Whether the ‘box’ be a department, a company or an industry, in an economy that can only grow by means of inspiration and creativity, staying within your own walls doesn’t suffice anymore. Flanders DC asked Vlerick Business School (an internationally oriented independent school) to look into what components make innovating across sectors a success. The study was finished in 2015 and then translated into a convenient ready-to-use online tool for managers. www.innovatiefsamenwerken.be
Though internationalisation is a large chunk of Flanders DC’s operations, they mainly operate on home ground. Daily business revolves around what Cools calls a ‘Disney slogan’: making entrepreneurial Flanders more creative and making creative Flanders more entrepreneurial. “After twelve years of focussing mostly on the first aspect, the government has asked us to concentrate on the latter,” Cools says. “(Would-be) entrepreneurs from twelve different creative industries like fashion, gaming, design, film and architecture can knock on our door for a broad range of topics such as advice on finance, business models, inspiration and network. We have a special focus on fashion, gaming and design because these three face the same challenges. Companies within these sectors are intrinsically internationally oriented. In fact they need to be ‘born global’, meaning they have to start operating on the international market right away because Flanders and Belgium alone are too limited for them to succeed. We help them with issues such as ‘I want to go to Hong-Kong, but how do I go about it? Do I go there, or de we go to special fairs for design, fashion and gaming?’”
The website cici.flandersdc.be features 32 projects that originated in the 2013 en 2014 Open Call for Innovation with Creative Industries (cici). These projects were selected as they have a possible impact on Belgian science, industry and/or society. One example is the wireless brain scanner developed by the Gent University Hospital that researches brain functions without the patient having to sit still in a hospital ward for days looking like Frankenstein’s hat maker. Patients, and especially kids, wouldn’t wear the helmet, which meant data-gathering was difficult. The cici-project united scientists, designers and a specialised CAD drawer who together realised a comfortable, nice-looking headband. The longer a child wears the band, the more points he or she collects, which is where the game comes in. Pascal Cools reckons this is where its success lies: “The question is not how can we make the machine wearable, the question is how do we make patients want to wear it.” Other examples are wooden interior design objects made from orchard waste, a mobile lab full of technical novelties to introduce children to technique, science and art and a food pairing app that helps you discover flavour combinations previously unheard of.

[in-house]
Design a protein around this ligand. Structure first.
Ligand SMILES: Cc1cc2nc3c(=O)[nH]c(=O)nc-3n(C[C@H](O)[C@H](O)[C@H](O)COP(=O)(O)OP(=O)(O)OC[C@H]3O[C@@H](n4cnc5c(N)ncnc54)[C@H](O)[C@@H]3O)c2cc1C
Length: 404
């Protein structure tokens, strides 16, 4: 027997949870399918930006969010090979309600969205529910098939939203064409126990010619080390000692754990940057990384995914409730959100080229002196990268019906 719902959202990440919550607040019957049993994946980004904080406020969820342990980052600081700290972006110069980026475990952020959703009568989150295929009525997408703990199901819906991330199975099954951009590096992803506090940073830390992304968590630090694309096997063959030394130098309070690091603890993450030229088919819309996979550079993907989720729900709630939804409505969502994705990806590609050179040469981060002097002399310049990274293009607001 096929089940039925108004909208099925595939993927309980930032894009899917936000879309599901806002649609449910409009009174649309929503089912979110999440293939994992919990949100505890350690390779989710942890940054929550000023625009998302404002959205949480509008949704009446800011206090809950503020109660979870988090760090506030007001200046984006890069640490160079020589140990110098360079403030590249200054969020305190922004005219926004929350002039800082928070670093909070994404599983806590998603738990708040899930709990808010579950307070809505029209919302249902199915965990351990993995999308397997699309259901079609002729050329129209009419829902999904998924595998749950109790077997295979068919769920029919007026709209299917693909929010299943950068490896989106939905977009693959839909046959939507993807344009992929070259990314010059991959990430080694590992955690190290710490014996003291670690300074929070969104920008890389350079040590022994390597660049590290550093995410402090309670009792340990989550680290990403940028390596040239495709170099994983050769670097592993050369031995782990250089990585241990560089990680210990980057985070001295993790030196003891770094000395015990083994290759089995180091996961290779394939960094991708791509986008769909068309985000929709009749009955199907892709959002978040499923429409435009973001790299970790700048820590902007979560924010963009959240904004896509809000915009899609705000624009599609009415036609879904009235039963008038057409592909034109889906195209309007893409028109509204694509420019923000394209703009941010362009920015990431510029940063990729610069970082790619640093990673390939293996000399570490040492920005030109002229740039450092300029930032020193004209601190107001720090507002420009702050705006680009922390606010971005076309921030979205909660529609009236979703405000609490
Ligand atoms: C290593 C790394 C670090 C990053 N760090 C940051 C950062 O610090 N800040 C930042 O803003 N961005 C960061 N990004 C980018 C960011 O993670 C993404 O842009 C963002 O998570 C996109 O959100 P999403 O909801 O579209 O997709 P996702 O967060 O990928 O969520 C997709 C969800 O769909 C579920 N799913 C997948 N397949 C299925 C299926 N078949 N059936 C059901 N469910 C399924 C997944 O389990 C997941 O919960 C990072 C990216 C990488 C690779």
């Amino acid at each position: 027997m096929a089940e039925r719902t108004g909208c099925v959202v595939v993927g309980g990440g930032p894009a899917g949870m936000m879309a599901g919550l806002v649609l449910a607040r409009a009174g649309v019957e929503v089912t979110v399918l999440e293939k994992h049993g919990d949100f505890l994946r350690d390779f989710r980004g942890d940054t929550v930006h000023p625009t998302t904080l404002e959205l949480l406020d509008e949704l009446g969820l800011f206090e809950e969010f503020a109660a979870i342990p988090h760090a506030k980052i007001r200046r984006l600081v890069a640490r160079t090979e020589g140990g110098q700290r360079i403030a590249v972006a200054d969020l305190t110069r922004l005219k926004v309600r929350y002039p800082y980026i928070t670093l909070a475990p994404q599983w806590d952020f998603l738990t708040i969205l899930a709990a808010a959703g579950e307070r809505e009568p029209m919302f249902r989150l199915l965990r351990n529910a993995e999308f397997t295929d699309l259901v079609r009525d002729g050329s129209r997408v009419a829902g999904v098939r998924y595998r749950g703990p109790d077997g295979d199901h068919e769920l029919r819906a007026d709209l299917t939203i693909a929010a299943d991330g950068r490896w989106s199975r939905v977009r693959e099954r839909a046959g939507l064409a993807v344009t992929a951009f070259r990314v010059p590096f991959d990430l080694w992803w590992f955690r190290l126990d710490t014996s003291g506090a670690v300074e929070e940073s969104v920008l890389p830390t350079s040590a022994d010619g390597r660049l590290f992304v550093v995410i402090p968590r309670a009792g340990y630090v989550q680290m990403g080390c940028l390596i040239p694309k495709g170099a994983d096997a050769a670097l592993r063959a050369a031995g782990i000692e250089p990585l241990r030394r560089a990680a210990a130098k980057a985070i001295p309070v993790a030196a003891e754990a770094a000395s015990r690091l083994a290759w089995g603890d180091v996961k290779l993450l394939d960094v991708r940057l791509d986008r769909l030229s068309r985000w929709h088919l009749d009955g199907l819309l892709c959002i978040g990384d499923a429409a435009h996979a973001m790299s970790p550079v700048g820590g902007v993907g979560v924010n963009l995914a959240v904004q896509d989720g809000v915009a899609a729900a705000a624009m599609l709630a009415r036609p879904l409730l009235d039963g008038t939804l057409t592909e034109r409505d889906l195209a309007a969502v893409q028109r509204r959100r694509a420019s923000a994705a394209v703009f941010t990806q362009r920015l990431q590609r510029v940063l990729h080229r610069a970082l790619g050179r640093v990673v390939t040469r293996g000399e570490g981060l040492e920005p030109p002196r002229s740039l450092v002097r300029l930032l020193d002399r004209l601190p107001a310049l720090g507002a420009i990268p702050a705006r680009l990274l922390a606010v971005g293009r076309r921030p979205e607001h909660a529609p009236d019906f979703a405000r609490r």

The Freedom to Feed Creativity
Flanders DC was instigated by the government, but isn’t a governmental organisation. Cools: “They always said they’re interested in results and an increase in revenues, but apart from some of the guidelines I mentioned earlier, they don’t really care how we get there. We have the luxury of great mutual trust. Of course we’re monitored to see if we spend their money efficiently, but the political interference is limited to that.”
Freedom is something Cools offers his people, not surprisingly a multi-disciplinary team, too. Creativity can flourish when there are as few as possible restrictions in how employers reach their targets. How they stay inspired? Cools: “Keeping our antennas activated at all times, keep our finger on the pulse. I think we’re one of very few companies that recognizes the need to be on Facebook and Twitter during working hours, this is where many new ideas are introduced.”
The world is continuously in motion and that’s a fact. Since 2004 many organisations and companies have discovered the benefits of cross fertilisation between disciplines, of injecting a dose of external creativity into their workflow. We might even say it’s becoming mainstream. Does that mean Flanders DC’s job is done? “It’s true we’re facing a new challenge,” acknowledges Pascal Cools. “We have to strive for redundancy, as this would mean we’ve completed our task successfully. It goes against commercial logic, but from a societal point of view it’s the only direction we can take. From a personal perspective it will obviously be a shame if our work ends, but I don’t think we’re finished yet. It’s going to take time before creatives are considered equal to and by the rest of the market.“